Independent business blogs are blogs that aren’t supported by an organization like a magazine, newspaper, company, or business school. Those people provide lots of great content, but they don’t need any additional exposure. In this post, every week, I bring you posts of quality from excellent bloggers that don’t get as much publicity.
This week, I’m pointing you to posts by Dan Rockwell, Nina Simosko, Susan Mazza, Mary Jo Asmus, and Scott Eblin.
“Your Toxic Leader Score* (TLS) is the level of unnecessary irritation you cause others. If you occasionally irritate colleagues by arriving late, you’re a 3 on a range from 1 to 10. If you frequently irritate colleagues, but don’t realize it, your TLS is 9. The worst leaders don’t know they’re toxic.”
“The hope was that as more women moved into leadership positions in companies, the wage gap would naturally narrow, because surely women managers would treat their female employees fairly. Unfortunately, a new study performed at the University of California Berkeley Haas School of Business shows that this is not the case.”
“‘Are you all in?’ is a pivotal question to ask yourself if you want to achieve anything remarkable. Of course, ‘yes’ is the answer that will put you on the road to success. However, the difference between saying ‘yes, I am all in’ and being ‘all in’ will be the deciding factor in whether you actually arrive in a future that matches the picture you envisioned.”
“There are certain patterns of resistance I’ve noticed in the leaders I’ve worked with that are really good at their craft – but have the potential to be great. These behaviors that leaders resist can increase their potential to lead at the top of their game. Perhaps as you read through the list, you’ll notice some of your own resistance poking through as you tell yourself:”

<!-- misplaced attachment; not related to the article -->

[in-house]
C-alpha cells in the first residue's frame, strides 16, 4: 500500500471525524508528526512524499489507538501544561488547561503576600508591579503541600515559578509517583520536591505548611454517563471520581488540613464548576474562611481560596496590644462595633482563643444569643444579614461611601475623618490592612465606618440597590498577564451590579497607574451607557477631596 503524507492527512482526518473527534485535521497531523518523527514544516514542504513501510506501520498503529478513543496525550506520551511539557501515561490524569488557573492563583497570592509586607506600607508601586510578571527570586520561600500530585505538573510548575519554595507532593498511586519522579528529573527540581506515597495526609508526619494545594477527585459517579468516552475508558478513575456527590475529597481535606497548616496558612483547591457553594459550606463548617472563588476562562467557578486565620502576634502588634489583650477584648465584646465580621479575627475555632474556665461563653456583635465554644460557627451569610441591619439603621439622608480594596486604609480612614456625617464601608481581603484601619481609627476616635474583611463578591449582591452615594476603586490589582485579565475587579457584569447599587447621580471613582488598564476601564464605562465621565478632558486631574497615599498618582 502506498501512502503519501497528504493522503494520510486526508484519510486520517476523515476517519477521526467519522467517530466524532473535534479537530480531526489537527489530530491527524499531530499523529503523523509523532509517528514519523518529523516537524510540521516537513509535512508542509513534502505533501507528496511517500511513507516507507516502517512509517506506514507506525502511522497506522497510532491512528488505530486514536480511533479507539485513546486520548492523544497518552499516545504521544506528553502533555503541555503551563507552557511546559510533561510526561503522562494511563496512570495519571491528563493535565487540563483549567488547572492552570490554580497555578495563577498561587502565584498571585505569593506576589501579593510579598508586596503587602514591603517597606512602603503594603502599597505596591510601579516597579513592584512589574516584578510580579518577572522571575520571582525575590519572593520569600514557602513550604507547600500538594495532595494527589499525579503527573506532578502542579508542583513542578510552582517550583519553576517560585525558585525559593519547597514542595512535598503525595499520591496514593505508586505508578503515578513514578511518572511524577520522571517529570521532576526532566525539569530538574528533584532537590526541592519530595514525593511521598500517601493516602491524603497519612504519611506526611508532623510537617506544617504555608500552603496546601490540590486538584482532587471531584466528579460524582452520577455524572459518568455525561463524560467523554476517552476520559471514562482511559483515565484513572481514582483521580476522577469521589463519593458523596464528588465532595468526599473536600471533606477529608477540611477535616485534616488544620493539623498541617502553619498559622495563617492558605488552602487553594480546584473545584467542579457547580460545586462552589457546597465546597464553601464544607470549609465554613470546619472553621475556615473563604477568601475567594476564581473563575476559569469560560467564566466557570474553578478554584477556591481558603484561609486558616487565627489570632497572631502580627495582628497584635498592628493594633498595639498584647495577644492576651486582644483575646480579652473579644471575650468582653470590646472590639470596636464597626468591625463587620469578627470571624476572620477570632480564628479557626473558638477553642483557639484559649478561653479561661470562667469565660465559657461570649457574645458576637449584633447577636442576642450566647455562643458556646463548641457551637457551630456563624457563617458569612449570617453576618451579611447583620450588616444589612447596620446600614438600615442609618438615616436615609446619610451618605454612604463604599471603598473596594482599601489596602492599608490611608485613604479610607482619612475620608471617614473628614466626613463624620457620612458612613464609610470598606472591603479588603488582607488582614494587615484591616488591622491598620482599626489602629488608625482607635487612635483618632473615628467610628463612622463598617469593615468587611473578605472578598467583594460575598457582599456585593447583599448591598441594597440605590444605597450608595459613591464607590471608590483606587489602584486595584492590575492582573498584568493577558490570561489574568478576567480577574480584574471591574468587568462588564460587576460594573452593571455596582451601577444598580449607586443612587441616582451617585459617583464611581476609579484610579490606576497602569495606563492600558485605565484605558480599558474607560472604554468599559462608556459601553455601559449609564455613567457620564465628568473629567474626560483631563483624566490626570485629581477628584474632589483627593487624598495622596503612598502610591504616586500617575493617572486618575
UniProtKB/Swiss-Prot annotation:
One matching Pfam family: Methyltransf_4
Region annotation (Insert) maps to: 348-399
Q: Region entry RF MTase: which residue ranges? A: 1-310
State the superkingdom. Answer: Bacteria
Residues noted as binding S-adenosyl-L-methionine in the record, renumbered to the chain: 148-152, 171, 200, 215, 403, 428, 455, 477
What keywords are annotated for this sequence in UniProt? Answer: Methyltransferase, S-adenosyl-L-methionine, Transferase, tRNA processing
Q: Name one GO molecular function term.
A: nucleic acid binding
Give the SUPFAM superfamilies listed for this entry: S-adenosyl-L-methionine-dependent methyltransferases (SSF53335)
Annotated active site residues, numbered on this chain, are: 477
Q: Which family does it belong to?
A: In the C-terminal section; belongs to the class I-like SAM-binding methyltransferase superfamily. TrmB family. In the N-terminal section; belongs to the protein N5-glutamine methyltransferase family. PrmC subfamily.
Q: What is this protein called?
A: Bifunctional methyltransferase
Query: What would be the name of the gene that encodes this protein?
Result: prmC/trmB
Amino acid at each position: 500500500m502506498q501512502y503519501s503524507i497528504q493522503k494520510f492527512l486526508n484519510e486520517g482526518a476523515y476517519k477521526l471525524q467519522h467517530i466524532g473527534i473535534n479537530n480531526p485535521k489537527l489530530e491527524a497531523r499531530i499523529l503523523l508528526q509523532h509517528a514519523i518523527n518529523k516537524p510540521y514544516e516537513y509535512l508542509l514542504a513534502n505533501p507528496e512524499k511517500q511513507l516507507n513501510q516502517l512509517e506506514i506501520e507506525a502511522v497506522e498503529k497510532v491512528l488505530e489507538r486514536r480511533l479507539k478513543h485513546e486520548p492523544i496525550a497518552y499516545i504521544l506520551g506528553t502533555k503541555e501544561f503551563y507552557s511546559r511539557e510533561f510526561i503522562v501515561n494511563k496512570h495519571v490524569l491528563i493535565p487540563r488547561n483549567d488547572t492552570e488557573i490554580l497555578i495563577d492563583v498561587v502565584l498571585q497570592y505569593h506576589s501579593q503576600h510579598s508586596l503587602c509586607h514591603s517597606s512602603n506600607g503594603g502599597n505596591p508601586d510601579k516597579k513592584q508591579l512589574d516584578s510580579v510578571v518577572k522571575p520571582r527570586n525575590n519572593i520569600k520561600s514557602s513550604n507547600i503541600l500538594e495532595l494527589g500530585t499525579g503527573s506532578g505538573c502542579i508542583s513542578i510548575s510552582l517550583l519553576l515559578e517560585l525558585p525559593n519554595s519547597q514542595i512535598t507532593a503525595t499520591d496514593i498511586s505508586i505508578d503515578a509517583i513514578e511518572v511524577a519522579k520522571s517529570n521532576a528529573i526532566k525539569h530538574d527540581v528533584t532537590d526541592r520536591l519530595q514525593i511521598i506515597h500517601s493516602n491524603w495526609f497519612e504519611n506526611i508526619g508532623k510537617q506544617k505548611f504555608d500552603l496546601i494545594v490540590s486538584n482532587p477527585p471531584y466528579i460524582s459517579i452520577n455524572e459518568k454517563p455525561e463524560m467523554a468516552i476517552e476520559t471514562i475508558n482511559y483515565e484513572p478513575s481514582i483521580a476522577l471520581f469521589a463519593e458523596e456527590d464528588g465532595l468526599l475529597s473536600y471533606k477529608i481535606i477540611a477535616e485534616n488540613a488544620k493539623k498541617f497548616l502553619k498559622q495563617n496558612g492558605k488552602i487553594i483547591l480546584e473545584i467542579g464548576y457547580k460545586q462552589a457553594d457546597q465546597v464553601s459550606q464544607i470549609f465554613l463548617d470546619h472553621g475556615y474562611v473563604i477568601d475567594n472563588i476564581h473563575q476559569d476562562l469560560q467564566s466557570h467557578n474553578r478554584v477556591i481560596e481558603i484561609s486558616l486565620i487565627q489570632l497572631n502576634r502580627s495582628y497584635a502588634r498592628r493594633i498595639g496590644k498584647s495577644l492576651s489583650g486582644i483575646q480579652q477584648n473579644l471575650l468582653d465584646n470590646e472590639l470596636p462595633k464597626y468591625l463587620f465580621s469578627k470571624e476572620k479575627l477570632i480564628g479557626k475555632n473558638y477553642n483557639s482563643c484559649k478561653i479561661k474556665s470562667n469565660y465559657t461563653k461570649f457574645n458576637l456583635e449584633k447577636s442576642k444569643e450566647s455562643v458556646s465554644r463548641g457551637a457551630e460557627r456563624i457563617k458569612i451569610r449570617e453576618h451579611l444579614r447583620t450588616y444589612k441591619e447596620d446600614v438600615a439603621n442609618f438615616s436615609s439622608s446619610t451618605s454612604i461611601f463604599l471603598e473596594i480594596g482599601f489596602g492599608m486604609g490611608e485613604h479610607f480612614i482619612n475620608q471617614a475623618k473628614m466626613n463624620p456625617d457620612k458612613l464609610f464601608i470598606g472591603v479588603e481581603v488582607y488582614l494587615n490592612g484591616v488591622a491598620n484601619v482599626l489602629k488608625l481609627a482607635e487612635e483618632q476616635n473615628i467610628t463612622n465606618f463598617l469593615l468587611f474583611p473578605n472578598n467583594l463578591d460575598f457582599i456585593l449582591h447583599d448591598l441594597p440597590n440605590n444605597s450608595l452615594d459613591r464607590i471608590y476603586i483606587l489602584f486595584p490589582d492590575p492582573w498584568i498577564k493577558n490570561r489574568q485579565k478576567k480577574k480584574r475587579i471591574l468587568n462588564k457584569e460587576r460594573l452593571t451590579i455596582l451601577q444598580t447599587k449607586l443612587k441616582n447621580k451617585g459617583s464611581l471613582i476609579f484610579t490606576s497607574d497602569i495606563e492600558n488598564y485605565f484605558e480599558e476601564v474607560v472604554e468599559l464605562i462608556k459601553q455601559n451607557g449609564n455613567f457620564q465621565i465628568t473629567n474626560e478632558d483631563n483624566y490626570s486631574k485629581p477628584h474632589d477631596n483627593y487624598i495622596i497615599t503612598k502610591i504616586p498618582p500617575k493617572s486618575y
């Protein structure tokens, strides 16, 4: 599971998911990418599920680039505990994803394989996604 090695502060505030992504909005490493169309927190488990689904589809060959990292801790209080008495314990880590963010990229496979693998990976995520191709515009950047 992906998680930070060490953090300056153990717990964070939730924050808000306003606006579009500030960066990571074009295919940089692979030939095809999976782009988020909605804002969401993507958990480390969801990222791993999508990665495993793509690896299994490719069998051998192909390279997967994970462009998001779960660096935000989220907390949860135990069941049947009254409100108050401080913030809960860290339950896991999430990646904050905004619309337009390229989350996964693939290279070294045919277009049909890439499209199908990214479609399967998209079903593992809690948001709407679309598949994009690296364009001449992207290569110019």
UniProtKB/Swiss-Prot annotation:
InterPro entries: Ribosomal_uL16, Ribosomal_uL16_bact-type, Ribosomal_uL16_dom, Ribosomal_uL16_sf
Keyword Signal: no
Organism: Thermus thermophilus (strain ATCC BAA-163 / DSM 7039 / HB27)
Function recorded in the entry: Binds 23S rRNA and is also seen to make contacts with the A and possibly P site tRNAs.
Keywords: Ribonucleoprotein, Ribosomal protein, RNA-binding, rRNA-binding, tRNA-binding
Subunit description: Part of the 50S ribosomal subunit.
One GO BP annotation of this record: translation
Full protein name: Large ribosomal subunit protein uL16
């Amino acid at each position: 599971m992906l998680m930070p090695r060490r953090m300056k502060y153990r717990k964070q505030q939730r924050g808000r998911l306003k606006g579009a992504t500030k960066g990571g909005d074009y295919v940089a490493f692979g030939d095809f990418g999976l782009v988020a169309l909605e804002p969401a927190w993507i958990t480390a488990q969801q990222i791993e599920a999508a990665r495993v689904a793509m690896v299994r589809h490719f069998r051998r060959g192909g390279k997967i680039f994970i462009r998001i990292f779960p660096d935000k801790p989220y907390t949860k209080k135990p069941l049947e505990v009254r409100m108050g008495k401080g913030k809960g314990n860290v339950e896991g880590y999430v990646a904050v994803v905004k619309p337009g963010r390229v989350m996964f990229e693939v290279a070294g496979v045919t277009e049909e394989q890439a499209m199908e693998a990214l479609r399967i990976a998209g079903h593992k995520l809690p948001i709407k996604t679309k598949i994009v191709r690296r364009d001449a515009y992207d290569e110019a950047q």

“If you’re paying attention to or distracted by what’s on a screen, you’re not fully present for the people you’re actually talking with. The same goes for picking up your phone and checking the caller ID when it rings during a meeting. Same thing with allowing someone to stick their head in your office or conference room to interrupt for ‘a quick question.'”
That’s it for this week’s selections from independent business blogs. If you liked this piece you may enjoy my regular post on “Leadership Reading to Start Your Week” points you to choice articles from the business schools, the business press and major consulting firms about strategy, innovation, women and the workplace, and work now and in the future. Highlights from the last issue include the power of gratitude, lessons from the real Silicon Valley, using algorithms to determine character, whether women in leadership offer more opportunities for their female employees, and why cities should stop trying to be the next Silicon Valley.
How I Select Posts for this Midweek Review
The five posts I select to share in my Midweek Review of the Independent Business Blogs are picked from a regular review of about sixty blogs I check daily and an additional twenty-five or so that I check occasionally. Here’s how I select the posts you see in this review.
They must be published within the previous week.
They must support the purpose of the blog: to help leaders at all levels do a better job and lead a better life.
They must be from an independent business blog.
As a general rule, I only select posts that stand on their own, no selections from a series.
Also as a general rule, I do not select posts that are either a book review or a book report.
I reserve the right to make exceptions to the above.
Here, on Three Star Leadership, I post things that will help a boss at any level do a better job and live a better life. At the The 360 Degree Feedback blog, I join other bloggers with posts on leadership development. And, at Wally Bock’s Writing Edge, I share tools and insights to help you write better.
If you’re a boss, you should check out my Working Supervisor’s Support Kit.